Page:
Estavillo Back on the Litigation Train
What do World of Warcraft, Winona Ryder and Depeche Mode’s Martin Lee Gore have in common? The answer is of course the videogame and law obsessed Erik Estavillo who today filed a civil complaint against Activision Blizzard on grounds of continuing “to maintain a harmful virtual environment to many of its customers by forcing them to follow the game’s sneaky and deceitful practices’.
Estavillo claims that the underlying design of World of Warcraft requires players ‘œto walk or run at a calculated slow pace, resulting in the player taking longer to get where he or she needs to go in the game’. The childish, harping whinge suggests that capped movement speeds are set deliberately in order to maximise the time players spend questing to achieve goals, in turn boosting subscription revenue for the publishing giant. Flagging that additional speed is only acquirable through purchasing expansion packs or increasing the level of one’s character rounds out an unbelievable claim which amounts to little more than suing on the grounds of having to play a game in order to make progress.
So far, so redundant. But in a bizarre twist, Estavillo somehow roped in both Ryder and Gore as subpoenas to his case; each on separate grounds of Estavillo’s own bizarrely reasoned logic.
Likening his own health problems to those of Shawn Woolley, the gamer who committed suicide in 2001 in the midst of EverQuest addiction, Estavillo stated that in “[relying] on videogames heavily for the little ongoing happiness he can achieve in [his] life’ he worries about the growing alienation so often connected to MMORPGs, desperate not “to end up like Shawn did”.
Martin Lee Gore was nabbed by Estavillo as ‘œhe himself has been known to be sad, lonely, and alienated as can be seen in the songs he writes”. It is currently unknown whether the musician is planning a touching acoustic rendition of Enjoy the Silence in order to help illustrate Estavillo’s points.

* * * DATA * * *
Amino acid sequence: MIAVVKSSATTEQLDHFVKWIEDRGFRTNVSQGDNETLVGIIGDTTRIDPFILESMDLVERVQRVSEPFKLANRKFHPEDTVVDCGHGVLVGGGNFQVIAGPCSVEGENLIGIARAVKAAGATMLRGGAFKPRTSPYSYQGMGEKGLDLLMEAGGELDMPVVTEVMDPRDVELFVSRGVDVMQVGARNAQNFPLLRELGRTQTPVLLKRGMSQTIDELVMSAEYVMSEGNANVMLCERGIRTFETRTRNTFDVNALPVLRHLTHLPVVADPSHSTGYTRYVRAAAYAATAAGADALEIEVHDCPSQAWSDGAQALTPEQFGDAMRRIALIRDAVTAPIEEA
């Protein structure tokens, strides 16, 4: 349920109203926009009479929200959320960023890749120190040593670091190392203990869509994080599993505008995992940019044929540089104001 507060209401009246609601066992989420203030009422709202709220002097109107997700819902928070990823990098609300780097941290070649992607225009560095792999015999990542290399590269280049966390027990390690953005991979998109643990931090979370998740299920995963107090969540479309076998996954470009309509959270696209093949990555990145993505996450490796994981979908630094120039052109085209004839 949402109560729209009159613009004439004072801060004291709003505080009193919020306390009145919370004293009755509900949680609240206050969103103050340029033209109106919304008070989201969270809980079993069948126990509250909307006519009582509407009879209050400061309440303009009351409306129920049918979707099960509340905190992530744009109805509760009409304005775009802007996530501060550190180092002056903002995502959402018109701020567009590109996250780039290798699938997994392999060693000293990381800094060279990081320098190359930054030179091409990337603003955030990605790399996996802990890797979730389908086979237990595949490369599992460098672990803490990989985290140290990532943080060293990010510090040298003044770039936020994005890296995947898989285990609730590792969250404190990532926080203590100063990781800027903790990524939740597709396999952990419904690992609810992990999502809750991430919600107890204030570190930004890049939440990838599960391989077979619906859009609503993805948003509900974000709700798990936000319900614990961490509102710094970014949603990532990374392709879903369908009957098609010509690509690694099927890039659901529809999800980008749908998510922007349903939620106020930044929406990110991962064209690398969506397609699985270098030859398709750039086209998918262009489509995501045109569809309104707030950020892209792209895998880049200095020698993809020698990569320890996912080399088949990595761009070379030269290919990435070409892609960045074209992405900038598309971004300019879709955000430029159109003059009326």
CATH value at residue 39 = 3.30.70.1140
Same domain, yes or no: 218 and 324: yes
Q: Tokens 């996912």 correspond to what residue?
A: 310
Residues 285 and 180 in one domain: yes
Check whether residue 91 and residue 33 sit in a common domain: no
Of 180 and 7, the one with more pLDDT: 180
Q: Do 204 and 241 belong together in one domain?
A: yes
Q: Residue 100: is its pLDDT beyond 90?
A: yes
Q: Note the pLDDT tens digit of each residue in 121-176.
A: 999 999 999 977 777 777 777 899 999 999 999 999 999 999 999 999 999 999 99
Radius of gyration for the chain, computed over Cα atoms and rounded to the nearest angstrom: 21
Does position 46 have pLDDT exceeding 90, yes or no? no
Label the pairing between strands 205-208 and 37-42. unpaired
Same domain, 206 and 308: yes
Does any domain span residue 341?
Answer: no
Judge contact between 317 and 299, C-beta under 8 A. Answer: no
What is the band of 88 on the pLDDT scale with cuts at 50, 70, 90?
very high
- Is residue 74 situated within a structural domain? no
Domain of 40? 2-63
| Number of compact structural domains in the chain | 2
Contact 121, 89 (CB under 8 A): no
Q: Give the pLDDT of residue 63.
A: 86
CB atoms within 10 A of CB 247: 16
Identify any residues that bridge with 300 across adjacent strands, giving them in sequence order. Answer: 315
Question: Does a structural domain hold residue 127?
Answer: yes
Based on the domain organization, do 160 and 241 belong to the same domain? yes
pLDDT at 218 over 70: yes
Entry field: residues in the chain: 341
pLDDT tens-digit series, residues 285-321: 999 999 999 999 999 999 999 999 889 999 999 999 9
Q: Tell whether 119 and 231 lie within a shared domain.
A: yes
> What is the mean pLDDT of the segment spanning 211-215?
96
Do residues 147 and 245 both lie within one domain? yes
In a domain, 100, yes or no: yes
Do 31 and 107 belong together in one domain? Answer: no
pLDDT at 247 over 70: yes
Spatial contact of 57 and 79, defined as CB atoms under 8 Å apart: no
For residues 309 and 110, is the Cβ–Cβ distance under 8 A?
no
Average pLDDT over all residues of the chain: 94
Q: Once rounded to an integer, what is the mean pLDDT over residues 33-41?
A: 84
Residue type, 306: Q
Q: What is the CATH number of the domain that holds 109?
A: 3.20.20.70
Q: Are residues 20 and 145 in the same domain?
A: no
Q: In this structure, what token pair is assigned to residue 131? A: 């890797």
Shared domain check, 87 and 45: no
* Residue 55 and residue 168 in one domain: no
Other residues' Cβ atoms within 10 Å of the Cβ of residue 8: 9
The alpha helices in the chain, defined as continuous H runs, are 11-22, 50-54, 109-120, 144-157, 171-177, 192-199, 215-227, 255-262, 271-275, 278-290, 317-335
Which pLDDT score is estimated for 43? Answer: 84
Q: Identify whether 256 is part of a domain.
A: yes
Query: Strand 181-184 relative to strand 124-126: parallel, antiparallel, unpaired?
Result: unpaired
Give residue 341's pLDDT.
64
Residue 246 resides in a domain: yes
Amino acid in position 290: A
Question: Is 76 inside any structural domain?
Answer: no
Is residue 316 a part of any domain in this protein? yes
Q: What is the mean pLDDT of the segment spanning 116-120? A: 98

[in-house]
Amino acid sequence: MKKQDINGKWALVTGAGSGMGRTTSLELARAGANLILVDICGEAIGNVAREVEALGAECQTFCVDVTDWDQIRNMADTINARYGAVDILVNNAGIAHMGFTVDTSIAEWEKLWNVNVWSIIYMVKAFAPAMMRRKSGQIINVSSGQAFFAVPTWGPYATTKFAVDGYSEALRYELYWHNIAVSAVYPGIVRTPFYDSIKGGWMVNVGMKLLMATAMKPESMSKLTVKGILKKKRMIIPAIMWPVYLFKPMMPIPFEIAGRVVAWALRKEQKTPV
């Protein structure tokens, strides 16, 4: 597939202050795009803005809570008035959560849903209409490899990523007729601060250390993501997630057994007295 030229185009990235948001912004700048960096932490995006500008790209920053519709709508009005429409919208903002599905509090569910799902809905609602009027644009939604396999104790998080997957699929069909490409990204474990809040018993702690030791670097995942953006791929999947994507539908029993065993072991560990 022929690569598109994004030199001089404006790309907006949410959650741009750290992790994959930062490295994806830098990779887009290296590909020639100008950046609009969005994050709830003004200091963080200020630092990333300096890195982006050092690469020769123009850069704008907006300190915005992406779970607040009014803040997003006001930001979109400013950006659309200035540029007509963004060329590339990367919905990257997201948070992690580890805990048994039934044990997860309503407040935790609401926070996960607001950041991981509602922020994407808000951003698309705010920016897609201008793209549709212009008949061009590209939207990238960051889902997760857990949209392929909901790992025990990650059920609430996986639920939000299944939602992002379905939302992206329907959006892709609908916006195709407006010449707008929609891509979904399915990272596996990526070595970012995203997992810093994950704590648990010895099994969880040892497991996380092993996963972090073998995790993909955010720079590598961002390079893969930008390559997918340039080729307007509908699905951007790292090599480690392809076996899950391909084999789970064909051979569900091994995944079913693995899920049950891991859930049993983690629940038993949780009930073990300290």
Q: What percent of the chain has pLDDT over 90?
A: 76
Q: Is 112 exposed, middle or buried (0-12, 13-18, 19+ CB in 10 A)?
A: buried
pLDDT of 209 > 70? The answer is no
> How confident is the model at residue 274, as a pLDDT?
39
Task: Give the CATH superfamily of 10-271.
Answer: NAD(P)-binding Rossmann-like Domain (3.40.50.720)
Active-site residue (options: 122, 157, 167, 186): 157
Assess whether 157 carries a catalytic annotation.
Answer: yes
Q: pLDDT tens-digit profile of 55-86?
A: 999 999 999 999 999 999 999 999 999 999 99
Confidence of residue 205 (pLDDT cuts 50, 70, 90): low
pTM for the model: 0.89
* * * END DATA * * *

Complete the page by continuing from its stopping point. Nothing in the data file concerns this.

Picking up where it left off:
In an increasingly tenuous link, Winona Ryder is to ‘œexplain the significance of alienation in Catcher in the Rye and will also testify to how alienation in the book can tie to alienation in real life/video games such as World of Warcraft‘. After learning of a shared interest in Salinger’s existential classic, Estavillo presumably contacted actor Winona Ryder, a known authority on 20th century literature, as his first port of call. Ignoring the potential benefits of recruiting an a-list star with consistent media exposure, Estavillo shot straight to Ryder because of the uniqueness of her delivery, clarity of diction, widely extolled literary interest and oft-reported concern that World of Warcraft players spend a just a bit too much time walking.
Presumably Thom Yorke was a bit too busy to talk sadness and a constant babbling brook of angst-ridden, Salinger obsessed teens would fail to present the same star presence as the convicted kleptomaniac.
Estavillo is current seeking punitive damages of $1.0 million and a court order that makes demands of Activision Blizzard to address his charges.